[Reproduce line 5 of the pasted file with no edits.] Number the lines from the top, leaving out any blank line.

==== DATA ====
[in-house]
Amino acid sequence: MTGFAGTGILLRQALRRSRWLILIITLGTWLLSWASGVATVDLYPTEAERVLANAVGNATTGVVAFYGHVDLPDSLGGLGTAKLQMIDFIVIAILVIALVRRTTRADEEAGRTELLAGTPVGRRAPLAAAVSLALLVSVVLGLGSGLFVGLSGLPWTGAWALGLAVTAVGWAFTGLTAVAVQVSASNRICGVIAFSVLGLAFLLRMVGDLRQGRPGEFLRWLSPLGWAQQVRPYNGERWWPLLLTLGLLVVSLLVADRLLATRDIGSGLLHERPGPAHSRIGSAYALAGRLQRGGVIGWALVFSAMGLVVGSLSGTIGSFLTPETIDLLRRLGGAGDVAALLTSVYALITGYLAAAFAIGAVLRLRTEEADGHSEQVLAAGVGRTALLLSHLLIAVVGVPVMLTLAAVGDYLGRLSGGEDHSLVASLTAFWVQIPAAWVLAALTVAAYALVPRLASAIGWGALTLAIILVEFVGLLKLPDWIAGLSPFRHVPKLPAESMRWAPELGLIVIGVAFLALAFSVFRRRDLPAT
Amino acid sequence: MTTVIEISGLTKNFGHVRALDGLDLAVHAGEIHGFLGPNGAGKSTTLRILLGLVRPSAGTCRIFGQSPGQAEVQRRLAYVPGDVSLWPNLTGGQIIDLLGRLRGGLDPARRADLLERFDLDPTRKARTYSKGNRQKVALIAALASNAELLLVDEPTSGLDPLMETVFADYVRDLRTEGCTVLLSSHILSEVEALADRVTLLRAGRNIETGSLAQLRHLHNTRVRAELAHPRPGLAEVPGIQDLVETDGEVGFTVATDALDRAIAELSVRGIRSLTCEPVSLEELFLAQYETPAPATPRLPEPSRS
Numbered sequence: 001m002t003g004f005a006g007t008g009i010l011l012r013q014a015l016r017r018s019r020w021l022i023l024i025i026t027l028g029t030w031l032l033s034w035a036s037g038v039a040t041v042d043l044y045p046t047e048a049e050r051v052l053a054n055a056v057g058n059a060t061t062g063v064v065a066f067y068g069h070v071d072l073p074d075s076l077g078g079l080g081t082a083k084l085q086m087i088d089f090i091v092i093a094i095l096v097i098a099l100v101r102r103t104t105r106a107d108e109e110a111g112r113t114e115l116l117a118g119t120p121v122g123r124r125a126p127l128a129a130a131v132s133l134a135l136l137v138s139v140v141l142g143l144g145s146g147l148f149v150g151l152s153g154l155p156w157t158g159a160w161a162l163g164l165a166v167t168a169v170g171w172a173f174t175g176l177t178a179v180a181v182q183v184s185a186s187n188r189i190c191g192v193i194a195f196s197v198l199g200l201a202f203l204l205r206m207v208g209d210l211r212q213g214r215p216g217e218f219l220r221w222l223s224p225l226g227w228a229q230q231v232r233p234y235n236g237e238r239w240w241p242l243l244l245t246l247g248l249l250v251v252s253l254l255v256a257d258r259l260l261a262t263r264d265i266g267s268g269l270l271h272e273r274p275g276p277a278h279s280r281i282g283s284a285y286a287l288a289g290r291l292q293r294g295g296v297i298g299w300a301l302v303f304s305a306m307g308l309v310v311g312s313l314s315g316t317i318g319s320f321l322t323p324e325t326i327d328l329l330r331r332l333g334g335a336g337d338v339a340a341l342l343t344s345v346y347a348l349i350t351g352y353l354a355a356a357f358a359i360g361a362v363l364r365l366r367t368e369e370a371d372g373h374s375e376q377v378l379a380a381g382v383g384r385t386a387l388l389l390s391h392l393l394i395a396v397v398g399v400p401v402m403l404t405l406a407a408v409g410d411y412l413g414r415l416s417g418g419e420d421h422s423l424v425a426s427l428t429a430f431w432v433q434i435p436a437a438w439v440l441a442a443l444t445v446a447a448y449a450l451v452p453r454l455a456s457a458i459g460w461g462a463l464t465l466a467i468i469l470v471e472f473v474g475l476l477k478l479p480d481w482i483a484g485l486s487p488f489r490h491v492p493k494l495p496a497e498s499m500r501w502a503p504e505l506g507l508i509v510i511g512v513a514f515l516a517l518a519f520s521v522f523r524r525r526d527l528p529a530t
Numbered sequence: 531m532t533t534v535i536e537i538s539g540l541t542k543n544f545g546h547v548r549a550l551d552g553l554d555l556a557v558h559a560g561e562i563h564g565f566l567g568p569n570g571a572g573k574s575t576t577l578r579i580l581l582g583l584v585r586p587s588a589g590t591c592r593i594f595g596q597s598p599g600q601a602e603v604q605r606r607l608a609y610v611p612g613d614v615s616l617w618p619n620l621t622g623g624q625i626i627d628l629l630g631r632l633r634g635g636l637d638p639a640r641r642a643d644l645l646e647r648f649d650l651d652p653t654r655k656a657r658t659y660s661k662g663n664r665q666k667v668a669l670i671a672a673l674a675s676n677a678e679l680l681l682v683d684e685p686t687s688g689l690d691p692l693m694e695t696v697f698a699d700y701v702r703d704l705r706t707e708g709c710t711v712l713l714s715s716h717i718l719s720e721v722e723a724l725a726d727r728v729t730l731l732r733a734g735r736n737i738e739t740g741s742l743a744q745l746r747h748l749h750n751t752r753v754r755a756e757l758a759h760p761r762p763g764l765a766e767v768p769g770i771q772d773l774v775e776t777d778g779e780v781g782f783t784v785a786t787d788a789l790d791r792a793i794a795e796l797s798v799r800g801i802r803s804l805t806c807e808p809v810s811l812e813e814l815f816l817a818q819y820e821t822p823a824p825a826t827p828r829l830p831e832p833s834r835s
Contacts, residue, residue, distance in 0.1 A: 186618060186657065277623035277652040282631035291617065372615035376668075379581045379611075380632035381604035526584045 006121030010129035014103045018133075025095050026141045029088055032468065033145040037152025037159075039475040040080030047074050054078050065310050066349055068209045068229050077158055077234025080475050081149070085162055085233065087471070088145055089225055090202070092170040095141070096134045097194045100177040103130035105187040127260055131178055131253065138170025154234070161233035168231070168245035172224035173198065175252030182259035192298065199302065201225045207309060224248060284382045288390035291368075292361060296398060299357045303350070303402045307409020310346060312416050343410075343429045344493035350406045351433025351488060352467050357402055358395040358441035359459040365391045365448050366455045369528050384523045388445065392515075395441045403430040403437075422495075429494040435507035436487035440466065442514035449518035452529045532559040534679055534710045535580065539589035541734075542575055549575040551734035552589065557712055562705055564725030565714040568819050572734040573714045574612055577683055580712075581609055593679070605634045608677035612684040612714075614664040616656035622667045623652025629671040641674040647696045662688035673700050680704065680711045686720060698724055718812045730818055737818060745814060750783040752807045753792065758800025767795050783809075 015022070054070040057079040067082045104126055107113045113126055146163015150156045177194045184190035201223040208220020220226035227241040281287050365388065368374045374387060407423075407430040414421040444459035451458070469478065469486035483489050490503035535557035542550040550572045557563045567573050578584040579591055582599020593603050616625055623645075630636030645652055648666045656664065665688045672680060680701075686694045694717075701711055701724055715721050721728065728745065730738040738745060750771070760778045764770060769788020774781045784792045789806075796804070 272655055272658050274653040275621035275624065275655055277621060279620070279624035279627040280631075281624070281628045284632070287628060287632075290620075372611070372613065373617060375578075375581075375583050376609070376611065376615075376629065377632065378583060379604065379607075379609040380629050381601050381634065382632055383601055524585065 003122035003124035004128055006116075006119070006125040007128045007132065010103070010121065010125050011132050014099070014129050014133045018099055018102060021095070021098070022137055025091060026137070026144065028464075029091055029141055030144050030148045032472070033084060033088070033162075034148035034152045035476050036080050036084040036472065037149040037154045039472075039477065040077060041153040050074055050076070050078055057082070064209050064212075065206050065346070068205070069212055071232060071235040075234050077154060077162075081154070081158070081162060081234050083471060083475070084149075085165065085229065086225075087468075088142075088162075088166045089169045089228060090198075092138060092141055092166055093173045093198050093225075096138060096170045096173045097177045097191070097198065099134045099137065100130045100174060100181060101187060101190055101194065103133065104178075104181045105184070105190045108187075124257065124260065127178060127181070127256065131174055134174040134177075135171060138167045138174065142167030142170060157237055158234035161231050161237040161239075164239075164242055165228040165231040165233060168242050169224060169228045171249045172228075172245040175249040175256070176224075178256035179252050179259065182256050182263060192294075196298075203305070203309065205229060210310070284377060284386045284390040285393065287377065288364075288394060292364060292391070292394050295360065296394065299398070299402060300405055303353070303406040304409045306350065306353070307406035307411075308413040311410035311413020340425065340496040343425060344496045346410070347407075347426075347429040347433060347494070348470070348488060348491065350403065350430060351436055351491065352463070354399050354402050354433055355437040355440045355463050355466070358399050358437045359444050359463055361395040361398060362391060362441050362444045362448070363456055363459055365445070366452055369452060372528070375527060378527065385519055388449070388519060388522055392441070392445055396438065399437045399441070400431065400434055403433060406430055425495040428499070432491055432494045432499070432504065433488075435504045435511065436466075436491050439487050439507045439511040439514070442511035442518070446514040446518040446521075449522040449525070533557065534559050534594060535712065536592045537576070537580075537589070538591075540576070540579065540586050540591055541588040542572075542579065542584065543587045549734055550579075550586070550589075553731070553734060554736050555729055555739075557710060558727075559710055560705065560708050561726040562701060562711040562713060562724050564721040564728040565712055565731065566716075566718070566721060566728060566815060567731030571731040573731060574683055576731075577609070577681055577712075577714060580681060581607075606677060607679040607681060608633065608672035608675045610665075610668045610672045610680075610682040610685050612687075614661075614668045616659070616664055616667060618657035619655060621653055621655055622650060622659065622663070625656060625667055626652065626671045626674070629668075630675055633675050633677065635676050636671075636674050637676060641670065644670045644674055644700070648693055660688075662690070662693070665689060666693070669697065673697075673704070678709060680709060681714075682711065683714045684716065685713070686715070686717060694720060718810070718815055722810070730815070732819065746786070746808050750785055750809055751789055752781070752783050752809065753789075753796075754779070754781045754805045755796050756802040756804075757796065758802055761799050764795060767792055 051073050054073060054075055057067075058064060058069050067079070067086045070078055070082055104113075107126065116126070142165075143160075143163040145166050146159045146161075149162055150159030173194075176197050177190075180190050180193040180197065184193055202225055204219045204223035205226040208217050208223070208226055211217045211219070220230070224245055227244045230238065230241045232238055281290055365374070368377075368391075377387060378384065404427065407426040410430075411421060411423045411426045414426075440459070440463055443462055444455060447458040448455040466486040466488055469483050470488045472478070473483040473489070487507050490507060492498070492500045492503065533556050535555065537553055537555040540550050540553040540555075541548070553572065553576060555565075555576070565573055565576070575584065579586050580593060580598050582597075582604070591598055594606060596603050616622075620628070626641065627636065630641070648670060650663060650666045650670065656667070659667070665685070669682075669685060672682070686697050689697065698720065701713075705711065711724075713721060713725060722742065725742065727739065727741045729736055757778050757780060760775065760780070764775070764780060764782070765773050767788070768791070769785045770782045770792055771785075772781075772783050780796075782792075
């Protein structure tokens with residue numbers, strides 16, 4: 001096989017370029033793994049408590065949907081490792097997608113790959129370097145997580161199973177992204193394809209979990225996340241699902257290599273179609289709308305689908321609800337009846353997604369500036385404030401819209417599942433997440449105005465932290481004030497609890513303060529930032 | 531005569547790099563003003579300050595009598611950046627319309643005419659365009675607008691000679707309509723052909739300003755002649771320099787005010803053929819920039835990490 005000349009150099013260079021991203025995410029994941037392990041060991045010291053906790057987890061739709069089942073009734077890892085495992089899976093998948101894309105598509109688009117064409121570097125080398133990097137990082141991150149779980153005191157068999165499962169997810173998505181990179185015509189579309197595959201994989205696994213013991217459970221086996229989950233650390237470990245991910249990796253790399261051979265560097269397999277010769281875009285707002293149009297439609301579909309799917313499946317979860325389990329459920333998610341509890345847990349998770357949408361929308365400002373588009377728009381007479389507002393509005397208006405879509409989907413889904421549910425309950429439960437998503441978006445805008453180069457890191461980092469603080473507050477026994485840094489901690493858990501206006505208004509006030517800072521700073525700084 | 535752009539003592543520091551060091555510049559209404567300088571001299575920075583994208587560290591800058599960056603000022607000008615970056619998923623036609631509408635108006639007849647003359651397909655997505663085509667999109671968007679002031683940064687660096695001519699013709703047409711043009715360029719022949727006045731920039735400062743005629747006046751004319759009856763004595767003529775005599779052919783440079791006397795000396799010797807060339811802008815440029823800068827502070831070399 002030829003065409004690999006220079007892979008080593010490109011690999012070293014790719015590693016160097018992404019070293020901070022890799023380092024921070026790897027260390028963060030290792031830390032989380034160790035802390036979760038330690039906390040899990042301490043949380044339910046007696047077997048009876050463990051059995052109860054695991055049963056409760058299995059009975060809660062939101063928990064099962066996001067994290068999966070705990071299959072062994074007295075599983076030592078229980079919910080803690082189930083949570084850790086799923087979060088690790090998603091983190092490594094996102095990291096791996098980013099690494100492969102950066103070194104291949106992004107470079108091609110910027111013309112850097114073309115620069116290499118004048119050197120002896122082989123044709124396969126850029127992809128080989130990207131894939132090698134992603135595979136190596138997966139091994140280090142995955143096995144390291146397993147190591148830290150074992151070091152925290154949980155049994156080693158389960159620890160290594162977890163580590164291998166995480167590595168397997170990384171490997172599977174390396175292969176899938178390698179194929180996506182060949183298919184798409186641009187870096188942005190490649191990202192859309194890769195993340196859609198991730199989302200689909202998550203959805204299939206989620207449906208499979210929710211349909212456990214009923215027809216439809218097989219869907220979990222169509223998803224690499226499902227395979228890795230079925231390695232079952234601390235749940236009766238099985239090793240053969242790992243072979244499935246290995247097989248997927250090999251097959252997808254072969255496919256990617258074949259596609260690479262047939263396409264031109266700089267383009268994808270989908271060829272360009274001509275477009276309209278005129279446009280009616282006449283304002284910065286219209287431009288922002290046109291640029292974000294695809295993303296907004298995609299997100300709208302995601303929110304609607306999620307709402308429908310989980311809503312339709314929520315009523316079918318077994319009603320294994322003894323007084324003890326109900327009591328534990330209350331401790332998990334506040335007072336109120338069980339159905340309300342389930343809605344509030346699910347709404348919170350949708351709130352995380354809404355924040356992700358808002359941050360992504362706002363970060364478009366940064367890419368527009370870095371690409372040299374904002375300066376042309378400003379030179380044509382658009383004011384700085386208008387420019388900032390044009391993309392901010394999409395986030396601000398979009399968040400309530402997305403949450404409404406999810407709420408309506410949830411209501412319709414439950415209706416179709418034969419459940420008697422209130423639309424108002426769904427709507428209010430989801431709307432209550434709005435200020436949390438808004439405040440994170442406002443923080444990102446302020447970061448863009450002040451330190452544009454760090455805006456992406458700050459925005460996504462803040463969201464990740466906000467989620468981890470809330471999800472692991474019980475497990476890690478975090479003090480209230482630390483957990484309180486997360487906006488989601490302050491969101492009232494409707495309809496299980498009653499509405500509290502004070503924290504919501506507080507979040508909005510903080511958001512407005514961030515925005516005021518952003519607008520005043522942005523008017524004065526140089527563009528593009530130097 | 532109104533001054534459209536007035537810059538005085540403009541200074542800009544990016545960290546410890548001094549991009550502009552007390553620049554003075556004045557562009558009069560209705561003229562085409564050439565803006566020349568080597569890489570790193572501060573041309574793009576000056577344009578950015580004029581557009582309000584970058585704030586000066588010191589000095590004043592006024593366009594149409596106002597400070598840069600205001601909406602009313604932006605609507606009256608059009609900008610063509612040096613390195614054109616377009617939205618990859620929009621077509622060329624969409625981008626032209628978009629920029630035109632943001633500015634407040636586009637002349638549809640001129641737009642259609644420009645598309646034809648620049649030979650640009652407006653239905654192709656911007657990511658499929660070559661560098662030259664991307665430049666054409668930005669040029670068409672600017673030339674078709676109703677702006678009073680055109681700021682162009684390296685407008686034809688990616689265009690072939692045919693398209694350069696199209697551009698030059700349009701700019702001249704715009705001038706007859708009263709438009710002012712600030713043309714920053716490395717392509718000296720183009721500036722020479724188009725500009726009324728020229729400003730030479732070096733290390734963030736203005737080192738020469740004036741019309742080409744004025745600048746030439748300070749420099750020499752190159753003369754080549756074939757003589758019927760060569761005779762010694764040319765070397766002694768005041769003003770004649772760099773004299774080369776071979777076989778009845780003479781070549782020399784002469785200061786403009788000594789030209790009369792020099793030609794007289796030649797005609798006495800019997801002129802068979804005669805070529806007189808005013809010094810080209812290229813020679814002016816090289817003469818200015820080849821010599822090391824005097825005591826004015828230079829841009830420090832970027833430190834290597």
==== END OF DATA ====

Numbered sequence: 531m532t533t534v535i536e537i538s539g540l541t542k543n544f545g546h547v548r549a550l551d552g553l554d555l556a557v558h559a560g561e562i563h564g565f566l567g568p569n570g571a572g573k574s575t576t577l578r579i580l581l582g583l584v585r586p587s588a589g590t591c592r593i594f595g596q597s598p599g600q601a602e603v604q605r606r607l608a609y610v611p612g613d614v615s616l617w618p619n620l621t622g623g624q625i626i627d628l629l630g631r632l633r634g635g636l637d638p639a640r641r642a643d644l645l646e647r648f649d650l651d652p653t654r655k656a657r658t659y660s661k662g663n664r665q666k667v668a669l670i671a672a673l674a675s676n677a678e679l680l681l682v683d684e685p686t687s688g689l690d691p692l693m694e695t696v697f698a699d700y701v702r703d704l705r706t707e708g709c710t711v712l713l714s715s716h717i718l719s720e721v722e723a724l725a726d727r728v729t730l731l732r733a734g735r736n737i738e739t740g741s742l743a744q745l746r747h748l749h750n751t752r753v754r755a756e757l758a759h760p761r762p763g764l765a766e767v768p769g770i771q772d773l774v775e776t777d778g779e780v781g782f783t784v785a786t787d788a789l790d791r792a793i794a795e796l797s798v799r800g801i802r803s804l805t806c807e808p809v810s811l812e813e814l815f816l817a818q819y820e821t822p823a824p825a826t827p828r829l830p831e832p833s834r835s